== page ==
I say a hearty “Amen” to Rep. Bachmann’s comments!  The Johnson Amendment has been used for far too long as a tool of intimidation and coercion against churches and pastors.  That is why ADF launched the Pulpit Initiative – to allow pastors to speak freely from their pulpits without fear of intimidation and censorship from the government, or anyone else for that matter.

Click here to sign up for the Pulpit Initiative.  Stand with ADF and hundreds of other pastors across the nation to regain the right of pastors to speak freely.

How Government Got Its Foot in the Door of our Churches

March 3, 2010

If asked whether their pastor is free to preach however he feels led to preach, many would say, “of course!”  And some might even view the question itself as ridiculous.

But perception is not always reality, and one subtle but potent threat to the freedom of the pulpit has been quietly infiltrating America’s churches since 1954. That was the year Lyndon Johnson – then a powerful senator from Texas facing a tough re-election battle – suddenly found his road to Capitol Hill effectively blocked when two influential private nonprofits distributed thousands of pieces of literature against his re-election bid.

To Johnson’s mind, the impact of that literature had to be neutralized, and he soon hit on an ingenious plan to silence his opponents. On July 2, 1954, he stepped out on the floor of the Senate to propose an amendment to a pending tax overhaul bill. His amendment (which included churches and Christian ministries within its reach) prohibited nonprofits from supporting or opposing candidates for office.  It passed unanimously, without objection or debate.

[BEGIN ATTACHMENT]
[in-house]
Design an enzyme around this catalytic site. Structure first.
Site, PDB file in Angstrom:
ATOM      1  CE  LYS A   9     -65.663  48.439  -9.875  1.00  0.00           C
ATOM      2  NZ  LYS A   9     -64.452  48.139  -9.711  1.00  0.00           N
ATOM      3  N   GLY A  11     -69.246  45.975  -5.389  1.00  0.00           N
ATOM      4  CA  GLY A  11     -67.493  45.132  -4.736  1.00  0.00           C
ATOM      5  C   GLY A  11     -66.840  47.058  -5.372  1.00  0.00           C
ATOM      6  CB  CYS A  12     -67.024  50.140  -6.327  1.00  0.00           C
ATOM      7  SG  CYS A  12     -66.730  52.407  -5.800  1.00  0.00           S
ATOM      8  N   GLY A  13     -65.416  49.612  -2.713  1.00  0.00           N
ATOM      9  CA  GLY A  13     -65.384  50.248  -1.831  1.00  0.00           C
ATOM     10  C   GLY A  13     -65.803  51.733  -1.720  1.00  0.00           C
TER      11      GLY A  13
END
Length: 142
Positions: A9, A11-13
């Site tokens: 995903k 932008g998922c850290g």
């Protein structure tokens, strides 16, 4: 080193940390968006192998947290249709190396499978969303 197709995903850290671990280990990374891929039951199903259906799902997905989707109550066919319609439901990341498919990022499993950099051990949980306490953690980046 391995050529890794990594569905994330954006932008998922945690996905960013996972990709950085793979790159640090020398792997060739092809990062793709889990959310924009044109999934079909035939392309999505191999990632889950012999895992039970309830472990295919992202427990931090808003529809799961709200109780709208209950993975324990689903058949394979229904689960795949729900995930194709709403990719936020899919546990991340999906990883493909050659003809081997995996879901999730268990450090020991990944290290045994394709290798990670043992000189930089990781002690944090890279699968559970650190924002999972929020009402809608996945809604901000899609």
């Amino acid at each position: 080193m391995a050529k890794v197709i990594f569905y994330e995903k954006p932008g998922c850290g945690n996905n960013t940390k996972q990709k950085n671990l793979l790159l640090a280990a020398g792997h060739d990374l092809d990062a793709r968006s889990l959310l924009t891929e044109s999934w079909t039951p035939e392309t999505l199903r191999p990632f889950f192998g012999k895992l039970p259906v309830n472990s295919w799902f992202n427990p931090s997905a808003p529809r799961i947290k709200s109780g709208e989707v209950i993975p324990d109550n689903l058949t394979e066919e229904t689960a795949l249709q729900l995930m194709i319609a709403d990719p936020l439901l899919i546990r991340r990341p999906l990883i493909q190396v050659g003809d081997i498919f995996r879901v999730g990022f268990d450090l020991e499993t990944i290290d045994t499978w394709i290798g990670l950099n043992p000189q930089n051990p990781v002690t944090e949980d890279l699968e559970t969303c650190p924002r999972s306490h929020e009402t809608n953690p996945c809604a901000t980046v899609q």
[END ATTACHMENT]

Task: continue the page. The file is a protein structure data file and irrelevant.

Pulpit

Johnson’s amendment did more than stop the opposition of these two non-profits in their tracks. It turned 200 years of American history on its ear. For the first time, the federal government was actually authorized to punish a pastor for preaching about candidates during an election season.

Now, whether you believe that your pastor should preach about candidates during election season or not, the point is that it’s not in the interest of religious freedom to allow the government to make that decision for us.  Nor is it the job of the state to decide how closely a church can follow the mandates of Scripture in governing itself and fulfilling the Great Commission.

If today the government can tell your pastor not to apply Scriptures to candidates and election issues, then tomorrow it will be able to restrict his Bible-based speech on other, non-election issues – like homosexual behavior – that the government decides it has an interest in protecting.  After that, it won’t be long before government will move to restrict the speech of your pastor on even the very basics of the faith.

That’s why ADF launched the Pulpit Initiative, where we are looking to kick the government out of the pulpits of America and protect a pastor’s right to speak freely from the pulpit without fearing any government censorship or control.  If you are a pastor, let us know if you are interested in the Pulpit Initiative.  It’s time we stand together to reclaim the freedom of the pulpit in America.